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[urn] /ɜrn/
verb (used with object)
to gain or get in return for one's labor or service:
to earn one's living.
to merit as compensation, as for service; deserve:
to receive more than one has earned.
to acquire through merit:
to earn a reputation for honesty.
to gain as due return or profit:
Savings accounts earn interest.
to bring about or cause deservedly:
His fair dealing earned our confidence.
verb (used without object)
to gain income:
securities that earn on a quarterly basis.
before 900; Middle English ern(i)en, Old English earnian; akin to Old High German arnēn to earn, harvest
Related forms
earner, noun
1. procure, make, receive, obtain. See gain1 .


[urn] /ɜrn/
verb (used without object), Obsolete
to grieve.
1570-80; perhaps variant of yearn Unabridged
Based on the Random House Dictionary, © Random House, Inc. 2015.
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Examples from the web for earning
  • For to-morrow's lack of earning and the hunger-wolf anear.
  • Either a poor reference must be given-possibly preventing a servant from earning her living-or one has to write what is not true.
  • She began earning money for her work, which greatly increased the amount she could contribute to the group.
  • Ask the billion starving humans and billion exploited workers earning less than a dollar a day if they are doing well.
  • What ever happened to companies earning the right to do business.
  • earning tenure at a major research university is one of the biggest hurdles of a professor's career.
  • All groups included in the study showed increases in their rates of completing high school and earning a college degree.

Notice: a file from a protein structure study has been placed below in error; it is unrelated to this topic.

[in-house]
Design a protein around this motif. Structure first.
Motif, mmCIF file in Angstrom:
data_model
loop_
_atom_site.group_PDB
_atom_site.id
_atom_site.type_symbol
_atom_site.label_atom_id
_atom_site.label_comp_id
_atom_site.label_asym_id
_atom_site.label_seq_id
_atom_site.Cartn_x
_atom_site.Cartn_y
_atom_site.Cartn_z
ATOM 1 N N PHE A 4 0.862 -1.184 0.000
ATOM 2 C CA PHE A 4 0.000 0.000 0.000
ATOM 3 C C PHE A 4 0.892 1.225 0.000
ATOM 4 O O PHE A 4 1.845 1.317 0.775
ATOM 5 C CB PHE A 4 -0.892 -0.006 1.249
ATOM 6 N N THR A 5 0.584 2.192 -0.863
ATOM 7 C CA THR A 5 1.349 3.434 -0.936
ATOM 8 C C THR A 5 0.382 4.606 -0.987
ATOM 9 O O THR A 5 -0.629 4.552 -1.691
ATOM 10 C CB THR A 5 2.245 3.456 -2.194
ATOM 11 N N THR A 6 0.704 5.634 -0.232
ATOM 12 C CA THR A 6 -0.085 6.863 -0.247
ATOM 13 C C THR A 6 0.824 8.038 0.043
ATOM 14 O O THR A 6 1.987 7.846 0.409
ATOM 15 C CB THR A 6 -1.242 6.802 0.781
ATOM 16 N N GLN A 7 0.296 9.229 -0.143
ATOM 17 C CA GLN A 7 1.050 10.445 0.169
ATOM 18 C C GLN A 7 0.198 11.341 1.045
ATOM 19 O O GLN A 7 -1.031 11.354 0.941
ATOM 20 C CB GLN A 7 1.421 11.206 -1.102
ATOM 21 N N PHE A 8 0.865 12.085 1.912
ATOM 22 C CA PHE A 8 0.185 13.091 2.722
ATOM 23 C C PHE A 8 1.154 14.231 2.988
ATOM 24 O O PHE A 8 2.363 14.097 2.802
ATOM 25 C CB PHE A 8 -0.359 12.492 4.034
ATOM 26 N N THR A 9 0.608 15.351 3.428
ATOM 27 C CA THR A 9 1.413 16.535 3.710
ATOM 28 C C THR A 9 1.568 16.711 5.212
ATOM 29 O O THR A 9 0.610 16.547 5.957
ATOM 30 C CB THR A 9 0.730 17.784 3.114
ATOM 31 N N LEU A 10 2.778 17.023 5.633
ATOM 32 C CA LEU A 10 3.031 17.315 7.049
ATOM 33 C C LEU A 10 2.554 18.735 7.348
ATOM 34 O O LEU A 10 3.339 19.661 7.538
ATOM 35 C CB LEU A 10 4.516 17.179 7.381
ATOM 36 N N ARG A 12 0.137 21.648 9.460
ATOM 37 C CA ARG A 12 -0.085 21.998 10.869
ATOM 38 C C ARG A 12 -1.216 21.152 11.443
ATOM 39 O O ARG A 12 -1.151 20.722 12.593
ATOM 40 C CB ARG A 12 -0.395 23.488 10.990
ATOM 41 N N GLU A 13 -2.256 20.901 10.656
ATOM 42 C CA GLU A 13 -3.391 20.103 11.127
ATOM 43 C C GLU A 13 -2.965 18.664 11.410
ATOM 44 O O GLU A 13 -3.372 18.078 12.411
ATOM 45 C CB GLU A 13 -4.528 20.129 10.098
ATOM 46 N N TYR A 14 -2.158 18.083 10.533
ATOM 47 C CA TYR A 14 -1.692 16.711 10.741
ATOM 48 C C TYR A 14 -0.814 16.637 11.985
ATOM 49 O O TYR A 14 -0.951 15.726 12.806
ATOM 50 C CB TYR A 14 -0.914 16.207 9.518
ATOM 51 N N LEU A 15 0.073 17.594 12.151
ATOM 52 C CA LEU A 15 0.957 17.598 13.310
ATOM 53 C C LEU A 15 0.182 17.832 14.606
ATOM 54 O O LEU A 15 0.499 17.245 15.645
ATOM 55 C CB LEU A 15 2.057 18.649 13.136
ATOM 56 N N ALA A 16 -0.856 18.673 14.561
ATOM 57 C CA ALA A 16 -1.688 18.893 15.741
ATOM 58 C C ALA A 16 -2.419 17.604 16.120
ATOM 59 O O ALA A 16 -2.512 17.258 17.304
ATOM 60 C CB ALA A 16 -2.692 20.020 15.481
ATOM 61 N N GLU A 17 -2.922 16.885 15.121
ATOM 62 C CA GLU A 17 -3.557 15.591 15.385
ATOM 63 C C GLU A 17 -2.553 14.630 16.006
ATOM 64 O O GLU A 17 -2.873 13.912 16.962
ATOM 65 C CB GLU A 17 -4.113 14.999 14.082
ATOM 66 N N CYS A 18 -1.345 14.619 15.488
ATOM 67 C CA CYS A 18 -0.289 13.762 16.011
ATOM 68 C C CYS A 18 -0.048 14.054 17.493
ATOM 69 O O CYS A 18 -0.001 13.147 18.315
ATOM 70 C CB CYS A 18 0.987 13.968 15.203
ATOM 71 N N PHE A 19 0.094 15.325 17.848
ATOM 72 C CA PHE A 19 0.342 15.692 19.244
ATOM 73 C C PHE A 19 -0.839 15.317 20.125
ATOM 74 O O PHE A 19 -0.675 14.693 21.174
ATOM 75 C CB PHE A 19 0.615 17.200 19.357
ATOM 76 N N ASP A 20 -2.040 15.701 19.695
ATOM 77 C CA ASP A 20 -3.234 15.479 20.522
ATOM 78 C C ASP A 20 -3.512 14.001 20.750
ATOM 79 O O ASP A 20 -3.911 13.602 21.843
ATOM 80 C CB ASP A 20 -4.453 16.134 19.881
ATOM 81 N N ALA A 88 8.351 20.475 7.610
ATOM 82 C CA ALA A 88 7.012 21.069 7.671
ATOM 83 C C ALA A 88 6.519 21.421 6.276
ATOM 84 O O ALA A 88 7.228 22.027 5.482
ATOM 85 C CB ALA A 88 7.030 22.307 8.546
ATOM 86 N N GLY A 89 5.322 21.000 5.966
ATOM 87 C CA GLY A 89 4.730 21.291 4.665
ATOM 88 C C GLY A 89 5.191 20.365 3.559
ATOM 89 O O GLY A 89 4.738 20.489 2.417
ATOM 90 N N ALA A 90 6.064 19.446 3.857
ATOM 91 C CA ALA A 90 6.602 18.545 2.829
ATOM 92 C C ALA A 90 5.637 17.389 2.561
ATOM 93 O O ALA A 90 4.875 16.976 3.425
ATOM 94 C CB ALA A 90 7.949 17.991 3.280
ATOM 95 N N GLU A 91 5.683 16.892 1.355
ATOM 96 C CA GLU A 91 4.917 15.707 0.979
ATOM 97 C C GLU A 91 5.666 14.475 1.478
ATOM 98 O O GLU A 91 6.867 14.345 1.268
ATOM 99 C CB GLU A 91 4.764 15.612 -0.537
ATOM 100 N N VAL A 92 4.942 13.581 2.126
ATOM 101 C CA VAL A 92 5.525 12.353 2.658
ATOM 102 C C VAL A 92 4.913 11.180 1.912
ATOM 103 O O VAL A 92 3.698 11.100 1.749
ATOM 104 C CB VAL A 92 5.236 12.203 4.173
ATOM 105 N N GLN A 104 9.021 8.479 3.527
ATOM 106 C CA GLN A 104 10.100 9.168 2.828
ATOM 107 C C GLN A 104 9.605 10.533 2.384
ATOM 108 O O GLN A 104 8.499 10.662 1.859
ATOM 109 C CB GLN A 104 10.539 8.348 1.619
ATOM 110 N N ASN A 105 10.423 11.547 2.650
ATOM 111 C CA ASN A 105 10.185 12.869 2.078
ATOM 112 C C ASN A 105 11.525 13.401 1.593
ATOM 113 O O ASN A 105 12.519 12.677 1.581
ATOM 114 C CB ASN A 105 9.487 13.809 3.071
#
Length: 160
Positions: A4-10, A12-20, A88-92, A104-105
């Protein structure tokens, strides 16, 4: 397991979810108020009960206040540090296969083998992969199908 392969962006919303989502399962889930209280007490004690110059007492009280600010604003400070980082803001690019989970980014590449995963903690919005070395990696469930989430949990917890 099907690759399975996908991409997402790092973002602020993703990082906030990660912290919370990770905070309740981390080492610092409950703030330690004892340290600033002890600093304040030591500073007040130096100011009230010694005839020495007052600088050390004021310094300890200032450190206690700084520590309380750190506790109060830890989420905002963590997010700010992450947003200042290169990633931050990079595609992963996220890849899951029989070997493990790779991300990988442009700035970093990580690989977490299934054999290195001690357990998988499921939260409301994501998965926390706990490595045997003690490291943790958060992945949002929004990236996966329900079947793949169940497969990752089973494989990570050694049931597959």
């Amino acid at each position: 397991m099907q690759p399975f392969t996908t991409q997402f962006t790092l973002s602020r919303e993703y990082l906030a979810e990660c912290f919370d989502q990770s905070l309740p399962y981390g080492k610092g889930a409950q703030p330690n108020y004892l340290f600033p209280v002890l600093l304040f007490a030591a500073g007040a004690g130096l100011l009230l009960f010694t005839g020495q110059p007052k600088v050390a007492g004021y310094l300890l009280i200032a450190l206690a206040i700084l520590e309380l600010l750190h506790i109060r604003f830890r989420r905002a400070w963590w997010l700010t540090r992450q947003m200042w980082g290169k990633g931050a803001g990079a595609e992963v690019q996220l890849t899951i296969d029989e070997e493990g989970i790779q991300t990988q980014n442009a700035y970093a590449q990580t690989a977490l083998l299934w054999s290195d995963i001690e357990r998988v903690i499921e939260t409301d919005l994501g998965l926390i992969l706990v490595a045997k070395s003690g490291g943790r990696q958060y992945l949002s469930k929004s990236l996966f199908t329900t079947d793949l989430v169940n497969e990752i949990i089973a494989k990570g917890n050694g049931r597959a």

• IF you are unwilling to give up the safety that tenure brings, dont complain about the wages others taking that risk are earning.
  • Get information on education programs that could help you increase your earning power.
  • Members must choose between earning free nights or an alternate promotion earning double points.
British Dictionary definitions for earning


to gain or be paid (money or other payment) in return for work or service
(transitive) to acquire, merit, or deserve through behaviour or action: he has earned a name for duplicity
(transitive) (of securities, investments, etc) to gain (interest, return, profit, etc)
Word Origin
Old English earnian; related to Old High German arnēn to reap, Old Saxon asna salary, tithe
Collins English Dictionary - Complete & Unabridged 2012 Digital Edition
© William Collins Sons & Co. Ltd. 1979, 1986 © HarperCollins
Publishers 1998, 2000, 2003, 2005, 2006, 2007, 2009, 2012
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Word Origin and History for earning



Old English earnian "deserve, earn, merit, win, get a reward for labor," from Proto-Germanic *aznojan (cf. Old Frisian esna "reward, pay"), from *azna "labor" especially "field labor" (cf. Old Norse önn "work in the field"), from PIE *aznon "to do harvest work, serve" (cf. Old High German arnon "to reap"), denominative verb from *es-en- "harvest, fall" (cf. Old High German aren "harvest, crop," German Ernte "harvest," Old English ern "harvest," Gothic asans "harvest, summer," Old Church Slavonic jeseni, Russian osen, Old Prussian assanis "autumn").

Also from the same root are Gothic asneis, Old High German esni "hired laborer, day laborer," Old English esne "serf, laborer, man." Related: Earned; earning.

Online Etymology Dictionary, © 2010 Douglas Harper
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Idioms and Phrases with earning
The American Heritage® Idioms Dictionary
Copyright © 2002, 2001, 1995 by Houghton Mifflin Company. Published by Houghton Mifflin Company.
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